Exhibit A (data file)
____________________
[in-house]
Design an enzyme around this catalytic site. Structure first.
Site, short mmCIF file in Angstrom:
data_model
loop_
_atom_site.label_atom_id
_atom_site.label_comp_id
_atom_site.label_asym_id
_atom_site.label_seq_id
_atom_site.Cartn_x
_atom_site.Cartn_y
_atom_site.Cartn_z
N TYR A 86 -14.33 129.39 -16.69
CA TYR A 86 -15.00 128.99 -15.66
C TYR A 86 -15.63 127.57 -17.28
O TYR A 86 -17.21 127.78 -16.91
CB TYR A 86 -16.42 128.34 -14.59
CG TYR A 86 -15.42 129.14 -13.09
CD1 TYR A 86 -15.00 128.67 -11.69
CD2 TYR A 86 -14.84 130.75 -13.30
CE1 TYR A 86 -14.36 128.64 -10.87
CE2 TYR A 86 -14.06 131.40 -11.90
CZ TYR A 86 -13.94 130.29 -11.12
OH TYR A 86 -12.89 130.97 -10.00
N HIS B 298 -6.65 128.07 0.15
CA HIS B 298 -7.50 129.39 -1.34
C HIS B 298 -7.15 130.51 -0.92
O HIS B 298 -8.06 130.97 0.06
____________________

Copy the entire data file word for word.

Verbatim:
[in-house]
Design an enzyme around this catalytic site. Structure first.
Site, short mmCIF file in Angstrom:
data_model
loop_
_atom_site.label_atom_id
_atom_site.label_comp_id
_atom_site.label_asym_id
_atom_site.label_seq_id
_atom_site.Cartn_x
_atom_site.Cartn_y
_atom_site.Cartn_z
N TYR A 86 -14.33 129.39 -16.69
CA TYR A 86 -15.00 128.99 -15.66
C TYR A 86 -15.63 127.57 -17.28
O TYR A 86 -17.21 127.78 -16.91
CB TYR A 86 -16.42 128.34 -14.59
CG TYR A 86 -15.42 129.14 -13.09
CD1 TYR A 86 -15.00 128.67 -11.69
CD2 TYR A 86 -14.84 130.75 -13.30
CE1 TYR A 86 -14.36 128.64 -10.87
CE2 TYR A 86 -14.06 131.40 -11.90
CZ TYR A 86 -13.94 130.29 -11.12
OH TYR A 86 -12.89 130.97 -10.00
N HIS B 298 -6.65 128.07 0.15
CA HIS B 298 -7.50 129.39 -1.34
C HIS B 298 -7.15 130.51 -0.92
O HIS B 298 -8.06 130.97 0.06